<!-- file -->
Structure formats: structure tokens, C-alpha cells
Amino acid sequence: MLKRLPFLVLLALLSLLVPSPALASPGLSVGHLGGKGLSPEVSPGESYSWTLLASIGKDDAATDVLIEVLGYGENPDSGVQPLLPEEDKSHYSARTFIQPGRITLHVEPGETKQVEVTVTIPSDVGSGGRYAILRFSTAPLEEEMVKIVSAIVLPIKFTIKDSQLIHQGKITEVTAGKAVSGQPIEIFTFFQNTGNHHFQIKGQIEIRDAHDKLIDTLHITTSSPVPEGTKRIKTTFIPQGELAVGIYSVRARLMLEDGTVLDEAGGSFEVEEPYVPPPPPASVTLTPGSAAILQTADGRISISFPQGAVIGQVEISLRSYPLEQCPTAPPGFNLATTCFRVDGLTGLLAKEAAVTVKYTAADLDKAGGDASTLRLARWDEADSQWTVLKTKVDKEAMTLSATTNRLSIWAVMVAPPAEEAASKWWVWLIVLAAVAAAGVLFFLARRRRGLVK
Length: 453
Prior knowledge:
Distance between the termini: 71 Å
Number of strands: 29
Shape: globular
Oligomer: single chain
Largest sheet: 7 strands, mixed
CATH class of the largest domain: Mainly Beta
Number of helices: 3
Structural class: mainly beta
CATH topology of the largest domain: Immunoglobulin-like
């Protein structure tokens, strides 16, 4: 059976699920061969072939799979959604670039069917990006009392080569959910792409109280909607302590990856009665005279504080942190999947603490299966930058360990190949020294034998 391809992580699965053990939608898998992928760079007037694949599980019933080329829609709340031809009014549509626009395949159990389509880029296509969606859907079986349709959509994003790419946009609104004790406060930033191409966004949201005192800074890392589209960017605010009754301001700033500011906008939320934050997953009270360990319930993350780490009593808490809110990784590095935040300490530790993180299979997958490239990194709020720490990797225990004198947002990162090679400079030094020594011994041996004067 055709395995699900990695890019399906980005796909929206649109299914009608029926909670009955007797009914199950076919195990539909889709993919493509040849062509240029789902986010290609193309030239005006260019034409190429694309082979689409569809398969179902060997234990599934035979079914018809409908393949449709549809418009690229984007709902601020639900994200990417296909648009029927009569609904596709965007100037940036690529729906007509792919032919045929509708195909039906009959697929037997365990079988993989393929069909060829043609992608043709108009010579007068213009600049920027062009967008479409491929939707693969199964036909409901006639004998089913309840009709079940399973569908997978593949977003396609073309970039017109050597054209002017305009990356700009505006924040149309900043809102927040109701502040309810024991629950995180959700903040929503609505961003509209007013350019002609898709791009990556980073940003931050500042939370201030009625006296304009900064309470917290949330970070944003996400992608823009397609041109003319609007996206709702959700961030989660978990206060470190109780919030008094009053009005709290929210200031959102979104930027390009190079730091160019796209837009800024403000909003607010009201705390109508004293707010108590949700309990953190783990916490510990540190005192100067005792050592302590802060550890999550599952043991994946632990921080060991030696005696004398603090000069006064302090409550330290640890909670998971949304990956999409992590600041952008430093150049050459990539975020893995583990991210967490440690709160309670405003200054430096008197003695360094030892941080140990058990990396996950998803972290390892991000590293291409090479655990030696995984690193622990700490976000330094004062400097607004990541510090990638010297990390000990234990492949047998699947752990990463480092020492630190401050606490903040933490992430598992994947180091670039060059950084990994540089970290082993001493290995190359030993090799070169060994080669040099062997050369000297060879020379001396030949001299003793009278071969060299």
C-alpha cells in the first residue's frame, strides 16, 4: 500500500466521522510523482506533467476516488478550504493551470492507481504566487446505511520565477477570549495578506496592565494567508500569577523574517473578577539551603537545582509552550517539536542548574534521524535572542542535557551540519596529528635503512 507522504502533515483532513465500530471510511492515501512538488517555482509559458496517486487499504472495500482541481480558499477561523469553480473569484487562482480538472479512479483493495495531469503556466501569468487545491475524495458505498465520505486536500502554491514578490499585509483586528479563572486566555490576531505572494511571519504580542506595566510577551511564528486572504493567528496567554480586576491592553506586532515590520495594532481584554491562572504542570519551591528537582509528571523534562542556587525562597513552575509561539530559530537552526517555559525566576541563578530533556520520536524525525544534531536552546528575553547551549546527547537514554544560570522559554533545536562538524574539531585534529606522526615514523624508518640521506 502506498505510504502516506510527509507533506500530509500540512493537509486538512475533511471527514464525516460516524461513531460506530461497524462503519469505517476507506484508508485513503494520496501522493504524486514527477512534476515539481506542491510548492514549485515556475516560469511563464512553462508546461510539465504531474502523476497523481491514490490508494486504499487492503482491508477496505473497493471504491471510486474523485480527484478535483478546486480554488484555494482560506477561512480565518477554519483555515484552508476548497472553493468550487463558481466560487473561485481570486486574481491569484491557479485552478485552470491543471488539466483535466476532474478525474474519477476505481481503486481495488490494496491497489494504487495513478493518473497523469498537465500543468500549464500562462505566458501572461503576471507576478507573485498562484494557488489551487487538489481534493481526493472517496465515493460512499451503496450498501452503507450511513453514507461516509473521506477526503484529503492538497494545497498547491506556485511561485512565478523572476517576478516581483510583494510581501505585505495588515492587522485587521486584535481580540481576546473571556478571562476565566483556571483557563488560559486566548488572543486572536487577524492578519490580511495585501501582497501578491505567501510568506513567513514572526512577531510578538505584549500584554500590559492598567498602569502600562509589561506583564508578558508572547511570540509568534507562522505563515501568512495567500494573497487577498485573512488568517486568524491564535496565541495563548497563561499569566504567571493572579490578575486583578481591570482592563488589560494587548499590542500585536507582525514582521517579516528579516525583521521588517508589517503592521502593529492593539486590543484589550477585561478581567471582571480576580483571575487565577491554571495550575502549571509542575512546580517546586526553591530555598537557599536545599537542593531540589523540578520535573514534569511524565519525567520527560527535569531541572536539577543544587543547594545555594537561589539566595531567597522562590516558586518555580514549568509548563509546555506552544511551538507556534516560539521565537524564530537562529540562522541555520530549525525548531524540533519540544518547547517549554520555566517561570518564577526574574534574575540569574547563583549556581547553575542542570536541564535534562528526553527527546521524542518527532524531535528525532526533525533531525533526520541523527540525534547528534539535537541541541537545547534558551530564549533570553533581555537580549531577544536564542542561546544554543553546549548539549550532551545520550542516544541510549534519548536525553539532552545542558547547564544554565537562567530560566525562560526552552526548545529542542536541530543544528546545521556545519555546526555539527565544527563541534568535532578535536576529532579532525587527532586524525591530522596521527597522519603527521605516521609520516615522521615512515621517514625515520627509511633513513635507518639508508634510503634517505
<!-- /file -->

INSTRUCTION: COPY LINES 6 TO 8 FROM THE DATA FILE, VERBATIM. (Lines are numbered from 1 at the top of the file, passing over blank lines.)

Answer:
Number of strands: 29
Shape: globular
Oligomer: single chain